- It challenges your perspectives: I have had my perspective changed many times by participants in #worldgeochat. From whether or not I should assign homework, to the validity of map memorization, to what kind of testing is appropriate for my students. The list goes on and on. This group of educators will help you reflect on your own craft weekly and make you a better teacher because of it. I know that I see things much differently now because of what I have learned with this group.
- It Runs smoothly: When we started it was just @cheffernan75,@ecasey77 , and myself (@GeoSpiegs). We had no idea what we were doing and made tons of mistakes. Since @jmgarner2003 and @SamMandeville joined the moderator crew I can say with certainty that we are better for it. They bring organization, leadership, and energy to the team that has made us better. #worldgeochat is more organized than ever and we have a pretty good system of support between each other that helps keep the chat moving on Tuesday nights. We also have a calendar where we map out (see what I did there?) our chats ahead of time to make sure we are not being redundant and can address topics that chat participants are interested in!
- It’s Fun! Who would have thought that this hour on Tuesday night would becone so much fun. We laugh, we cry, we drink scotch (well… I do.). We often get feedback and tweets that the chat is always lively and fun to participate in. We attribute it that the fact that we, the moderators, go to great lengths to make sure that we acknowledge everyone as they join in and also reach out during the chat to make sure that good points are shared with the wider audience (sometimes a really good point gets lost in the feed because it’s just moving too darn fast).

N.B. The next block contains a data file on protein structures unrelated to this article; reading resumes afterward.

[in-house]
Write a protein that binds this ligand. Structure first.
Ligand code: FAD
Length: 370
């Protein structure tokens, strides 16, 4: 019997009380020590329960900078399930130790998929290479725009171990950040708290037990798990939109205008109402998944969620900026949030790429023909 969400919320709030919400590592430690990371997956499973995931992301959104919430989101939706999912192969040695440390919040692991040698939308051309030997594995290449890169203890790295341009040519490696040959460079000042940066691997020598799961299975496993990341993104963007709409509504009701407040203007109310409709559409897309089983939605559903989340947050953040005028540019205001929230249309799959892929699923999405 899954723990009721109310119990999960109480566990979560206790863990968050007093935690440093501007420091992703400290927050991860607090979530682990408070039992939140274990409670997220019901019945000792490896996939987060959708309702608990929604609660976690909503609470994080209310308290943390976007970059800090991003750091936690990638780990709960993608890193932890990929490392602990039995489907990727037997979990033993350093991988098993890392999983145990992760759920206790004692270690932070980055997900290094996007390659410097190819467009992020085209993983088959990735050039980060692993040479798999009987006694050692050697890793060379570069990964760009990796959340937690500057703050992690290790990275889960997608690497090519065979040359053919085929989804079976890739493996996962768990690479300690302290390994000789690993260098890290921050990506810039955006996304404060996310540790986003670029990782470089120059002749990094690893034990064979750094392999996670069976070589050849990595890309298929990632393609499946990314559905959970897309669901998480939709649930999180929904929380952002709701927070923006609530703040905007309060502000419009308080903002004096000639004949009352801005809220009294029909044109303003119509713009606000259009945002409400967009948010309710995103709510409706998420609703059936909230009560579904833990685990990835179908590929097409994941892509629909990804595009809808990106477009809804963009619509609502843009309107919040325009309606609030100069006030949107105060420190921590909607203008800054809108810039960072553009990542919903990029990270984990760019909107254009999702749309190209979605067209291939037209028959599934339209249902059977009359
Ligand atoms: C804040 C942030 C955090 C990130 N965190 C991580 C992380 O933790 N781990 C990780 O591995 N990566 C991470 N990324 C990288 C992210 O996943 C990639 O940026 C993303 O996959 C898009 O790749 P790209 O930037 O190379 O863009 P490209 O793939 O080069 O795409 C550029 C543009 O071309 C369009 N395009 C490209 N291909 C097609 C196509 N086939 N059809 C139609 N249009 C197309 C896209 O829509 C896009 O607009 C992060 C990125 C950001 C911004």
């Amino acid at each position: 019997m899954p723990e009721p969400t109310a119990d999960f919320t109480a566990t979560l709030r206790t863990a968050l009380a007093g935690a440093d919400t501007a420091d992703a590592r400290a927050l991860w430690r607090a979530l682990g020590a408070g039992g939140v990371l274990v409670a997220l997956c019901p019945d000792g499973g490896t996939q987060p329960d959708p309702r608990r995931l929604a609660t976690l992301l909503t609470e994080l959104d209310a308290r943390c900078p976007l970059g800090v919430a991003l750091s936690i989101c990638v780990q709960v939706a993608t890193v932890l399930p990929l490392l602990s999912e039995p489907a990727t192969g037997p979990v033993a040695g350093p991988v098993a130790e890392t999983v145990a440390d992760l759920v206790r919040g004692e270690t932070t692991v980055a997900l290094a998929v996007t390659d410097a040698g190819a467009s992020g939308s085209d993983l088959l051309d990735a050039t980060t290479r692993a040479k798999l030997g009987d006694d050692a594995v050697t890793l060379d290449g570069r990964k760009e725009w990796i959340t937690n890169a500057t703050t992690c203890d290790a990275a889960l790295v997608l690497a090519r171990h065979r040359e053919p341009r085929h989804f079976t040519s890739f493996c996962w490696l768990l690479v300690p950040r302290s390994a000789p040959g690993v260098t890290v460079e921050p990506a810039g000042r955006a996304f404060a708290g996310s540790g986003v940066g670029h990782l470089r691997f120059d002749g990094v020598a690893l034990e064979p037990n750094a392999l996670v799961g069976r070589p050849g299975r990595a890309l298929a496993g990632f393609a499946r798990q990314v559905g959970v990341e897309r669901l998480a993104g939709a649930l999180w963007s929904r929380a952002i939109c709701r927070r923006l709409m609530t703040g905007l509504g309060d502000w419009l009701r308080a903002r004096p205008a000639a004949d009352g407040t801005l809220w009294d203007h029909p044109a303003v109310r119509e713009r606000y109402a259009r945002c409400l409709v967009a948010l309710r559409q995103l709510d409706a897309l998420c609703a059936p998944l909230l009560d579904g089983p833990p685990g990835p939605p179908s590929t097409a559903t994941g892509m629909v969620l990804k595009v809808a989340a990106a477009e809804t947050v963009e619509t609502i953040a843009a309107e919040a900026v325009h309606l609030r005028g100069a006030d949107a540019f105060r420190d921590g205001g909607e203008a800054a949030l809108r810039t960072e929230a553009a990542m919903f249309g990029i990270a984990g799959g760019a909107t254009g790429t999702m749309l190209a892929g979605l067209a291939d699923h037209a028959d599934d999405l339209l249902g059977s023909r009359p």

- Time Flies: It starts at 9pm on Tuesday nights but before you know it it’s already ten minutes past 10pm and you are still tweeting out responses to a great link or point that someone just said. It’s crazy how fast time goes. Which brings me to my next point…. Segue please.
- Have you seen the #resources!?! Holy smokes! It’s like drinking from a fire hose some nights. There are so many experts in #worldgeochat who share freely their knowledge that sometimes it’s just hard to keep up with it all. Thankfully we archive each chat so anyone who wasn’t able to be in chat has an opportunity to browse the awesomesauce of resources.
- It is the cutting edge of good pedagogy: Period. Seriously. These teachers get ‘it’. They have the teacher ‘it’ gene. As a direct result of the resources an perspectives that are shared in #worldgeochat you quickly realize that the educators here are the ones that are pushing the boundaries of good pedagogy. They are creating lessons, activities, assessments, and discussions with students that is where education needs to go in the future…. actually it is where education IS going and the future is now! These are the people who are making our educational system better each and every day.
The ideas that are shared and picked up in #worldgeochat can be used the very next day in your classroom and will help students learn. That’s the goal, right?